October Horrorshow: Beginning of the End

The b-monster flick Beginning of the End marked the start of an epic year for filmmaker Bert I. Gordon. He directed not one, not two, but three giant monster movies in 1957. I’m impressed, but would be even more so had any one of these films looked like it took more than a week and a half to shoot.

Beginning of the End, from a screenplay by Fred Freiberger and Lester Gorn, tells the tale of a plague of giant locusts that descend on Chicago. For you readers in the American Midwest and points nearby, that’s ‘locusts’ as in real locusts, aka grasshoppers — not the colloquial locusts, aka cicadas. Either way, the bugs are about the size of city buses, with murderous appetites.

Gordon, as was his wont, crafted a film with a very slow setup. Immediately after the opening credits he starts padding the running time with a long, long shot of a car approaching the camera. He really was shameless with this type of nonsense throughout his career. He was like the kids in high school who would use bigger fonts and line spacing on their term papers to meet page length requirements. Those kids never fooled anyone, and neither did Gordon.

The town of Ludlow, Illinois has been flattened by forces unknown. All 150 of the townsfolk have disappeared. The national guard is on site, but they have no clue what could have happened. Photojournalist Audrey Ames (Peggie Castle) learns of the mysterious and tragic event and decides there’s a story to hunt down. Some investigation points to radiation being associated with the town’s destruction in some way or other, and that leads her to a Department of Agriculture lab being run by Dr. Ed Wainwright (Peter Graves). He’s been conducting experiments in plant yield, by feeding plants radioactive isotopes. His experiments have been successful, as the gigantic fruits and vegetables in his lab attest. Wainwright joins Ames in investigating the Ludlow incident, and they discover that some grasshoppers got into the isotopes, and have grown to enormous size. In search of food, it is they that descended on the town of Ludlow and wiped it off the map. Now, the insects are on their way to Chicago, and the only way to stop them might be with…an atomic bomb!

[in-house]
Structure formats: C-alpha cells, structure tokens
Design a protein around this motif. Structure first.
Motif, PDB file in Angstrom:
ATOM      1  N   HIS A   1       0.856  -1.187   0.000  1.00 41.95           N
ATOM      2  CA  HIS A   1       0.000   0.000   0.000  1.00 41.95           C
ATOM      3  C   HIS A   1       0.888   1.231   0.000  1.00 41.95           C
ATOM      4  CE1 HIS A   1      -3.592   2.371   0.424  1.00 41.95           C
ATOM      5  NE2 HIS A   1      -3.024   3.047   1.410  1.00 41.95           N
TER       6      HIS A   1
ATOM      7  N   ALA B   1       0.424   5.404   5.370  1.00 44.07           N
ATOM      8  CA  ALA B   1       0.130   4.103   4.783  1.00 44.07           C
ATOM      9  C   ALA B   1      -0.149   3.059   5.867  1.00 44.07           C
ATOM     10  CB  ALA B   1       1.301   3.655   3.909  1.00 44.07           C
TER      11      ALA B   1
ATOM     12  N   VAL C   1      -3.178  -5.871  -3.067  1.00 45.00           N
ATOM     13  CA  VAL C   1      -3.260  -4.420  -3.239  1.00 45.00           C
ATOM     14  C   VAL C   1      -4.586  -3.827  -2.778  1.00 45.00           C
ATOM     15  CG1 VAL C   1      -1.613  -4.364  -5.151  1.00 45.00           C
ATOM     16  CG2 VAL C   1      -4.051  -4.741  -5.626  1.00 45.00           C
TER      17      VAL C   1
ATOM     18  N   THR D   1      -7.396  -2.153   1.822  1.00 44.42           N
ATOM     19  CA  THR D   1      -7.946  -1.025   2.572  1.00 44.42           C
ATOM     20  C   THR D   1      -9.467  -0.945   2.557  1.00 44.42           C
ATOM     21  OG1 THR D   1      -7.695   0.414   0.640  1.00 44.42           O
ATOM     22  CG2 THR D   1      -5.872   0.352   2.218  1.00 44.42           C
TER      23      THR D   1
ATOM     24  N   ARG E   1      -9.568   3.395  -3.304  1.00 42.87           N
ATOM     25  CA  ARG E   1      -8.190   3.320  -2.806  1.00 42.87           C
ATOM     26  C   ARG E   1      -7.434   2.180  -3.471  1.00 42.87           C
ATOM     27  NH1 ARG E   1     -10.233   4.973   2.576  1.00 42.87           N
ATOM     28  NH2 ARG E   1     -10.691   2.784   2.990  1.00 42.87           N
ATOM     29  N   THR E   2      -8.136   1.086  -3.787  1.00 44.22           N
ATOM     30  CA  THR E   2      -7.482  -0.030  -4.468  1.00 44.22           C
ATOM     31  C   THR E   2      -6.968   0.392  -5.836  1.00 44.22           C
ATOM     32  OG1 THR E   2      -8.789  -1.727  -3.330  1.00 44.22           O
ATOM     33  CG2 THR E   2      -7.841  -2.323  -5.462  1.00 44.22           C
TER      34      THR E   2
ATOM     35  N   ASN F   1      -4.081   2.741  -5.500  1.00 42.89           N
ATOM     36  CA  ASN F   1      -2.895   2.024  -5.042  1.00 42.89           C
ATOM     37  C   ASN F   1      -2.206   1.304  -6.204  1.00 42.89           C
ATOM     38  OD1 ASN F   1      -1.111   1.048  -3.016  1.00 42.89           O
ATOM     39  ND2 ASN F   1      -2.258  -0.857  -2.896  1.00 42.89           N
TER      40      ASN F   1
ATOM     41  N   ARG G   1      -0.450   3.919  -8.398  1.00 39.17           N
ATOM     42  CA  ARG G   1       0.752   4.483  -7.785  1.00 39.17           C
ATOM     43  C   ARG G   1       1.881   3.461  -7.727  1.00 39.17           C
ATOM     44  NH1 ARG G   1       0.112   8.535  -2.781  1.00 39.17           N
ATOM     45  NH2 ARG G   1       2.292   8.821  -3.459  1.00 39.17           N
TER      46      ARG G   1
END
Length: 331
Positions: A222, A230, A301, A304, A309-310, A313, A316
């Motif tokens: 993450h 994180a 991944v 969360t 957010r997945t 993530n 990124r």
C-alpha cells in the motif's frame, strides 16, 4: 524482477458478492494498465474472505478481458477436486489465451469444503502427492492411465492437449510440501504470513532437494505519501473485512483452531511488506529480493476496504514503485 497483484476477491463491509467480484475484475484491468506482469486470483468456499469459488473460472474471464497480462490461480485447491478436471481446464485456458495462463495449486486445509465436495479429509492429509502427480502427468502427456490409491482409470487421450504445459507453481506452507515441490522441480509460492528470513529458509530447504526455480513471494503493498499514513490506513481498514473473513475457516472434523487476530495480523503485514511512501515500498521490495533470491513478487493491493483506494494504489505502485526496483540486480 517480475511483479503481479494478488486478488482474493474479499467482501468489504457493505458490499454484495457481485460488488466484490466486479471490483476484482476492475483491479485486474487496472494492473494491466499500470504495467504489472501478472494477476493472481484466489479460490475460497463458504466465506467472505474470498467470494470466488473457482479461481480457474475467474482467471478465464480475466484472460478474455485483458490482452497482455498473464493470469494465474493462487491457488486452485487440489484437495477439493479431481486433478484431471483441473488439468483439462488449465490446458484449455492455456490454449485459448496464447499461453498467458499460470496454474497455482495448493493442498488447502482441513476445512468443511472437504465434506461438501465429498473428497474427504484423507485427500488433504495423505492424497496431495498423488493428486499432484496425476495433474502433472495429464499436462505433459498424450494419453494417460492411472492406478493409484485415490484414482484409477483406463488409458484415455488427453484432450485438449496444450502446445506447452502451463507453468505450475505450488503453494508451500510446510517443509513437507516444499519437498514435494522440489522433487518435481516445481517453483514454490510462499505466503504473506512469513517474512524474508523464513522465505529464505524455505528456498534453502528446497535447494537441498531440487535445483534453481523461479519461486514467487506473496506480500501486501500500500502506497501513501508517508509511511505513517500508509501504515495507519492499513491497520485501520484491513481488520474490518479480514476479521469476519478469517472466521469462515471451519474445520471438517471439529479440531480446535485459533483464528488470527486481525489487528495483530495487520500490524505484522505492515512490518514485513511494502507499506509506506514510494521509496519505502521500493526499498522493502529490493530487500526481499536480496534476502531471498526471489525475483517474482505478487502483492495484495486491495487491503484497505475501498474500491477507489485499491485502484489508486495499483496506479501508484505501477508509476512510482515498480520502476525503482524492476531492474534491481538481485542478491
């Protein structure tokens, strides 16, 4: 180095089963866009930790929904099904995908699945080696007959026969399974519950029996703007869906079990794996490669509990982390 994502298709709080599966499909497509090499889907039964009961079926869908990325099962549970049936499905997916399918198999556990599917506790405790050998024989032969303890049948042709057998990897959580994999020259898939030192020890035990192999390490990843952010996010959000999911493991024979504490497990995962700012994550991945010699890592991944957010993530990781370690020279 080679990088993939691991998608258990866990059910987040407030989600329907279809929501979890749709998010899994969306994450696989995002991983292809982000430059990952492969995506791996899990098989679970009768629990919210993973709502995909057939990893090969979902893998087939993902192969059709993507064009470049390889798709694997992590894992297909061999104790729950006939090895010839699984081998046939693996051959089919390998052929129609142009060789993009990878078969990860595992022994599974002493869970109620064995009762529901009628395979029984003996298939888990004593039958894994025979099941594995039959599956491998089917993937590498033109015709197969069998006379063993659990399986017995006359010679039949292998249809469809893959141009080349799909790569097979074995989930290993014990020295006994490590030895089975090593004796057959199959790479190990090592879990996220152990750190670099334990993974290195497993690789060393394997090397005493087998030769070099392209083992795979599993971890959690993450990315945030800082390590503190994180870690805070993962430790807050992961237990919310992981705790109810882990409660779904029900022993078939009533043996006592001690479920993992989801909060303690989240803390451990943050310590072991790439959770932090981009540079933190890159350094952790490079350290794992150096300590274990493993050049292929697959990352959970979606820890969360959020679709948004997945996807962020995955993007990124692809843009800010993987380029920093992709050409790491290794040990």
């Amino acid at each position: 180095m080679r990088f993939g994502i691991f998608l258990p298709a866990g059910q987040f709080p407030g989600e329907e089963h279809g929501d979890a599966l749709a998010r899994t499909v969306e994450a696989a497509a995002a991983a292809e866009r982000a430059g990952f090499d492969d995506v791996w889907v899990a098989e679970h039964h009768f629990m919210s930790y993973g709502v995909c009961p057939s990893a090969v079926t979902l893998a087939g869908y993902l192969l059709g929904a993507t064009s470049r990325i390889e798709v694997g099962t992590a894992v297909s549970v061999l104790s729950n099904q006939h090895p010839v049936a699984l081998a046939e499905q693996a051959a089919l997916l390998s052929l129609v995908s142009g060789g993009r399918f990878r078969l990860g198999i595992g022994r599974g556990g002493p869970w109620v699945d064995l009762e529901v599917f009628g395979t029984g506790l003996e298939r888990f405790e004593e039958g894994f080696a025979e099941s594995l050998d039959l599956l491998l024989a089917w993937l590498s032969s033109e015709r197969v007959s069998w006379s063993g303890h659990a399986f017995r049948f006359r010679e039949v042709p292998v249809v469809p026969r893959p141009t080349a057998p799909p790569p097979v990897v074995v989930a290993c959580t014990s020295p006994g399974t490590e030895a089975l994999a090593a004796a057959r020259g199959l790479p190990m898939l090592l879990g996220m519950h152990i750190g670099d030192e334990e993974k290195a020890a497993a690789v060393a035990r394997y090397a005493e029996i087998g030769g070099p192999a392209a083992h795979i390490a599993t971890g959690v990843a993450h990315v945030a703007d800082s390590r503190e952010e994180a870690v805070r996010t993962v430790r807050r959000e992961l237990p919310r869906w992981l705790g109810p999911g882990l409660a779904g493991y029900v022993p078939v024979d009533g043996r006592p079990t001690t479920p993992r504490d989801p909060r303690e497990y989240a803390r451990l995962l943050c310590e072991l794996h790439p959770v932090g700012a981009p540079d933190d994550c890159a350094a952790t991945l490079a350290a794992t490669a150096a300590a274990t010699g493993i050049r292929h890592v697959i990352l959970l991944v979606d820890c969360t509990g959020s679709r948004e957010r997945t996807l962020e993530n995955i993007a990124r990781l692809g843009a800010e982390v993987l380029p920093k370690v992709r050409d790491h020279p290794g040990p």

Beginning of the End follows a path that was well-worn by the time it was released in 1957, so there aren’t any surprises when it comes to the plot of this film or its resolution. There are gigantic monsters, main characters figure out how to combat said monsters, Beginning of the Enddenouement, fin. The more of these flicks one watches, the easier they become to deconstruct. What makes this flick somewhat more memorable than some of the others that have appeared, or will appear, in this year’s Horrorshow, are the colossally shitty special effects. They are, somehow, more inept than is normal. Like in King Dinosaur, Gordon, who did the effects work himself, eschewed model work or puppetry in favor of compositing real animals into his shots. The locusts in this film are real insects, filmed in his garage and then incorporated into shots using mattes, rear projection, etc. Actors playing national guardsmen fire guns in the woods and then scream in terror as these pasted-on locusts descend over them. It looks ridiculous.

But Gordon wasn’t done. When the locusts make their way to Chicago, Gordon had to show that city under attack. He did so by putting locusts on photographs of Chicago buildings and then blowing air on them to get them to move around. Let that sink in. He didn’t put the locusts on models, i.e., a three-dimensional surface. He put them on pictures of buildings and out here in the audience we were supposed to believe that looked like gigantic bugs crawling up the sides of real structures. This is among my all-time favorite shitty movie special effects, alongside such classics as the shark in Jaws 3-D, the opening tugboat scene in Beyond the Poseidon Adventure, and, of course, the monster in The Giant Claw. It has to be seen to be believed.

And that’s about all the value this flick has. It’s a piece of garbage, best watched as something worth mocking rather than appreciating. Which leads me to a recommendation I don’t normally make. Should one wish to watch this film, seek out the Mystery Science Theater 3000 episode which featured it. It’s one of the best episodes they did, and treats this flick with the respect it deserves. Alien: Resurrection is a better movie than Beginning of the End.